Something amazing’s brewing on the estates of Hoxton in Hackney, or ‘Tech City’ as some now prefer to call it.

Or at least something amazing was brewing.

Then, this summer, the Department of Energy and Climate Change snuck out cuts to support for renewable energy. And a genius plan cooked up by some flatmates in N1 looked likely to be cut short.

Hoxton might be known for hipster beards and tech start-ups but there’s also a load of council housing in the area. The plan had been to cover the sunnier bits of it with solar panels. They’d be transforming currently dormant, unused space into mini power stations.

Inspired by similar work further north in the borough, Hackney Energy, they’d also ensure the scheme was owned by local people and profits stayed in the area. They’d also invest in energy efficiency measures, climate education and paid internships for local young people.

Britain might not be known for its sunshine, but solar power in the UK has rapidly expanded in recent years. A record amount of solar power was added to the world’s grids in 2014, with Britain leading solar expansion in Europe. By the end of 2014 there was almost five gigawatts of solar photovoltaic panels installed in the UK, up from 2.8GW at the end of 2013.

Britain’s first solar home recently celebrated its 20th birthday and according to last year’s annual Energy Statement to parliament, the average UK street now has two solar homes.

The growth’s been massive. But now the government wants to put a stop to it, with a proposed 87% cut to the solar feed-in-tariff which many fear will kill off the solar industry all together.

Four companies have already gone under, and the policy is still officially under consultation. It’s also been estimated that 27000 of the UK’s 35000 solar jobs will go if the plans go ahead.

A point that’s often forgotten about the feed in tariff scheme is that it was designed to help the public play a role in our transition to a low-carbon economy. Part of this has been via households putting solar on their roofs, and the policy is sometimes criticised as just a subsidy for people already rich enough to own property.

However, a growing number of community groups have been clubbing together to quietly build a small energy revolution in the UK off the back of the feed in tariff. Their stories are rarely told, but they’ve been doing some amazing things.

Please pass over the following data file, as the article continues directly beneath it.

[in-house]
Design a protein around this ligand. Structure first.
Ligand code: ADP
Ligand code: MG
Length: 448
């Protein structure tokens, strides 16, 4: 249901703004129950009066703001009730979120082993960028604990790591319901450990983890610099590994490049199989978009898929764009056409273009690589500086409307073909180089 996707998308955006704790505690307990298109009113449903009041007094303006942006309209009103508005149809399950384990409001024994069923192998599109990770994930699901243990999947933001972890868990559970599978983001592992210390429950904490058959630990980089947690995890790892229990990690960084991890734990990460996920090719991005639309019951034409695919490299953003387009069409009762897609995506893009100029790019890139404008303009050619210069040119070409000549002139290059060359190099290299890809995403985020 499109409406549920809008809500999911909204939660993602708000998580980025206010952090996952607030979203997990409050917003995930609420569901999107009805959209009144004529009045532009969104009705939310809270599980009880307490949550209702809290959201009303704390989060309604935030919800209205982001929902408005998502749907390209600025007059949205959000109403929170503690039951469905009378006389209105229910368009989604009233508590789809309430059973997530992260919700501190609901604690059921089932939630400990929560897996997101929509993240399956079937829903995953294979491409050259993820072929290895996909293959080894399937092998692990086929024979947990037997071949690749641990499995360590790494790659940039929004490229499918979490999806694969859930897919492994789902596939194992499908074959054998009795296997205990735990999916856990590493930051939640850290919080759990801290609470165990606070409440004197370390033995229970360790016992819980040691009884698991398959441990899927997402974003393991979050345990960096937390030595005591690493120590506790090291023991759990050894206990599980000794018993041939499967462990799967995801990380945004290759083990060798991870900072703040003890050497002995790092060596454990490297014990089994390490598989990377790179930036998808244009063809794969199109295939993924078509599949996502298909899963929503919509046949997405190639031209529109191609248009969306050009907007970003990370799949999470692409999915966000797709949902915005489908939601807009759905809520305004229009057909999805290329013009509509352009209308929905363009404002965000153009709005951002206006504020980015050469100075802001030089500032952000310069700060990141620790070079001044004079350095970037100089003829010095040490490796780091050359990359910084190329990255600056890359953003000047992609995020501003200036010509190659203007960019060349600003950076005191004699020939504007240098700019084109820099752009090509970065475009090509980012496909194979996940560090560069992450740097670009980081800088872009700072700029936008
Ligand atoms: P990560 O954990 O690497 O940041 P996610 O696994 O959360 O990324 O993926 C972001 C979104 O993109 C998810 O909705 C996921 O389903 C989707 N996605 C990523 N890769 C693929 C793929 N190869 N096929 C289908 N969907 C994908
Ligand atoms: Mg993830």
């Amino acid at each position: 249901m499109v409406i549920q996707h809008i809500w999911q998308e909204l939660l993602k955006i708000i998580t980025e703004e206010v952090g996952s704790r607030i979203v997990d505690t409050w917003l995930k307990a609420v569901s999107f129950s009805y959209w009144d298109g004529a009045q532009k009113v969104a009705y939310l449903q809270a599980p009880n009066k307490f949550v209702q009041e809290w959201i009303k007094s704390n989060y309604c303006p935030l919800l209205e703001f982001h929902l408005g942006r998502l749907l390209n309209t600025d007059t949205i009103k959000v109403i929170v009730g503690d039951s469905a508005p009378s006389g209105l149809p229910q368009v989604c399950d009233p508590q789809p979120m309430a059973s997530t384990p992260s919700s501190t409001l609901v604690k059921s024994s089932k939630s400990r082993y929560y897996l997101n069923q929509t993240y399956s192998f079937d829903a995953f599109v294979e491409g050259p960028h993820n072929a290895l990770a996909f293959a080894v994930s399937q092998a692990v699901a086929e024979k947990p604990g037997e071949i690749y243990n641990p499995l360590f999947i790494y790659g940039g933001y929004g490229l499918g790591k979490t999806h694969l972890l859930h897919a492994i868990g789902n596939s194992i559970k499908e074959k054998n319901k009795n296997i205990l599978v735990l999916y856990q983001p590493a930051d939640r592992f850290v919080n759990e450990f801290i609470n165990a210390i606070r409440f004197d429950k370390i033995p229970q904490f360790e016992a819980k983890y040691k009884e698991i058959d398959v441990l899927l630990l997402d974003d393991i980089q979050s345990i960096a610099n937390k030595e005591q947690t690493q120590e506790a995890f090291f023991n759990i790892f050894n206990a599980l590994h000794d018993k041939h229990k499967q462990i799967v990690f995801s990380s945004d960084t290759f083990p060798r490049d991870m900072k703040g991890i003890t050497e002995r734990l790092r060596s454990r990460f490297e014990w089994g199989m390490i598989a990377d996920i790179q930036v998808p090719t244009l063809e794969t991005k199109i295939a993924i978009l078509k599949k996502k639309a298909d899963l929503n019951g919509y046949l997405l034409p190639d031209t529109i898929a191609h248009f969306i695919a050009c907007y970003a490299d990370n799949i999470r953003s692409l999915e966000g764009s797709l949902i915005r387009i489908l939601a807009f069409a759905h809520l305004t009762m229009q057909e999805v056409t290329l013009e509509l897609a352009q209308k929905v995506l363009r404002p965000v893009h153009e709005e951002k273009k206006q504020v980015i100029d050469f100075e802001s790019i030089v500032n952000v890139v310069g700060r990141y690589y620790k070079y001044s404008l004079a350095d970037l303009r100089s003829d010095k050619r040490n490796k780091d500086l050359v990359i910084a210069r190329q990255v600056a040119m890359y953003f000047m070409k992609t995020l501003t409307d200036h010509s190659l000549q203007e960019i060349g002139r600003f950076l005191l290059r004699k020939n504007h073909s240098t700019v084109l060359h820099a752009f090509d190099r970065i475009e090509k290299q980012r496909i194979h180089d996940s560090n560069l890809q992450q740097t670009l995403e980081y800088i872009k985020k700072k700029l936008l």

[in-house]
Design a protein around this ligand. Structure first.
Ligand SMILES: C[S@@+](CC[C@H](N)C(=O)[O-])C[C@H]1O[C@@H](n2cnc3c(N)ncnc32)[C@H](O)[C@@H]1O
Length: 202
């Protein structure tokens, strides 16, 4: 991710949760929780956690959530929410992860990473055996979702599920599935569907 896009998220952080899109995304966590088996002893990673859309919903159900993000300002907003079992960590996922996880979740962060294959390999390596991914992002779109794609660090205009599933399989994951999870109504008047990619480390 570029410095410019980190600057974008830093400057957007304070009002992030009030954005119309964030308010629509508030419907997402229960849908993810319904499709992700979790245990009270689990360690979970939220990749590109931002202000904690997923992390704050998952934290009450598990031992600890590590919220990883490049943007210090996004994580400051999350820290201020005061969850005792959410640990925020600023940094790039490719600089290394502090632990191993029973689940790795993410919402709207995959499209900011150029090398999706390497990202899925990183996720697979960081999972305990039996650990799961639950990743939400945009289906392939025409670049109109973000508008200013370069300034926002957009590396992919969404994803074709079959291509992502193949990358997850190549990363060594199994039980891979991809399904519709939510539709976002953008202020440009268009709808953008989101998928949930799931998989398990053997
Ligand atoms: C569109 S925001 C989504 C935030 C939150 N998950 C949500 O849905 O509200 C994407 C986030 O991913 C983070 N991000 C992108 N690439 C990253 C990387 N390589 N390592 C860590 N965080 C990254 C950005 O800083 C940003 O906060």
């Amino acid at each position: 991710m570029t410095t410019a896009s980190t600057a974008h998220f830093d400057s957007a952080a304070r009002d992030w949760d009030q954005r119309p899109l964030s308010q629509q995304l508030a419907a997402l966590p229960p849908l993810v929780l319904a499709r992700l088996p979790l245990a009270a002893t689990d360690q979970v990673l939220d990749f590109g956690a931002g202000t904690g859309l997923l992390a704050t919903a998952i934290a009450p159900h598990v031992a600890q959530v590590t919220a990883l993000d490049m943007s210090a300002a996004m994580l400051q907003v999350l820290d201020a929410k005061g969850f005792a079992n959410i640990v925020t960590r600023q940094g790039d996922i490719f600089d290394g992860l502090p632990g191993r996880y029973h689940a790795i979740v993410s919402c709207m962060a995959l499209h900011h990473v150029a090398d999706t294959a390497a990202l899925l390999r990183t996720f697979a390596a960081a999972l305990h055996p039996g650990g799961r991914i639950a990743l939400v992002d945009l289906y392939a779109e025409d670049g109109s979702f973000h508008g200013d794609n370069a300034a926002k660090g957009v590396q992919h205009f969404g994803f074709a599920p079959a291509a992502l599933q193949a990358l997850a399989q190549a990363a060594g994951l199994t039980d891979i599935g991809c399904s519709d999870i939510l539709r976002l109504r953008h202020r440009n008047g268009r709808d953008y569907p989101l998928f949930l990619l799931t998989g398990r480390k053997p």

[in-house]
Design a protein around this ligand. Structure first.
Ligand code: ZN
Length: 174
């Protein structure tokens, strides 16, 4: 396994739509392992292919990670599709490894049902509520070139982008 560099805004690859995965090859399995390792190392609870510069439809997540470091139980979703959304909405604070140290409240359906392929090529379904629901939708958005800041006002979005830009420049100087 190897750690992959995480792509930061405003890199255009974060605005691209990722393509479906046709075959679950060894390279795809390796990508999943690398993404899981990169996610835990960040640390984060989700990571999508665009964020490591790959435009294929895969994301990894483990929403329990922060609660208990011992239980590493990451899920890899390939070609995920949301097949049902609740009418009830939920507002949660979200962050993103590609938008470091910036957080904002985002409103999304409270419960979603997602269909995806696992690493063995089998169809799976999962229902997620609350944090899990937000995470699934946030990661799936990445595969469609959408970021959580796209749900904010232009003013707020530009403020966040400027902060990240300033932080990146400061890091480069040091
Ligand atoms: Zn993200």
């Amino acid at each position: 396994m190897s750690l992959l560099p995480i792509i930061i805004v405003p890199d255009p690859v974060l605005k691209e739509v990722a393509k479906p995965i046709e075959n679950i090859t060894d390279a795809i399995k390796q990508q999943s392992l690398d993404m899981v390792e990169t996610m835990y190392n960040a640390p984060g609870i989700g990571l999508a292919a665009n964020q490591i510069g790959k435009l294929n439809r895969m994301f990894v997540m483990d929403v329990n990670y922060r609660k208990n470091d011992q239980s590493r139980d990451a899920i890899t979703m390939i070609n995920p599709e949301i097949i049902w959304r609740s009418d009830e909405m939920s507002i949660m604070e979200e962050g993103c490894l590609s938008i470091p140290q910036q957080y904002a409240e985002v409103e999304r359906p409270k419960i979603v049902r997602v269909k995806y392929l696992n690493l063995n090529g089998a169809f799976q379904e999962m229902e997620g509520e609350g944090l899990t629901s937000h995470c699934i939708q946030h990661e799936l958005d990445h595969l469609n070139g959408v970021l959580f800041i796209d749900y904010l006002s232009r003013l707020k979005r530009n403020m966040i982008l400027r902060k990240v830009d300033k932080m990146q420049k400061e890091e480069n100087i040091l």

There’s those solar apprentices in Hackney, but also a host of solar schools, renewable villages, river communities using 21st century tech to power themselves with water, even solar boxing clubs.

Hoxton Community Energy’s plans were ambitious, but that’s not unusual in community energy. They were also feasible, indeed sensible, considering how much roof space there is in the area, currently sitting untapped.

They were aiming for a total of 300kw. Then the cuts were announced and they had to scramble to pre-register any sites they wanted to work on. They needed planning permission for any site over 50kw (unfeasible in the short time frame) and energy performance certificates for any site (again unfeasible for a small grassroots project to fund and complete in time).

In the end, despite a huge amount of work, Hoxton Community Energy only pre-registered 50kw. All that untapped potential just sitting there above our heads. And it’s a sad story that’s been repeated up and down the country.

But it’s not too late. The consultation on the cuts closes on Friday evening, and you can still respond. You can do it directly to the Department of Energy and Climate Change. Or, because we know how hard it can be to use the government systems (almost as if they didn’t want a response) we’ve made a slightly slicker version, which should only take a few minutes.

Al Gore, Boris Johnson, the CBI and the Chief Scientist to the United Nations Environment Programme (not always a group you’d expect to hear in concert) have all criticised the government’s renewables policy.

Work in cleantech? Care about the world? Why not join them?

Alice Bell is a former academic and journalist, specialising in the politics of science and technology. She currently works in campaigns for climate change charity 10:10

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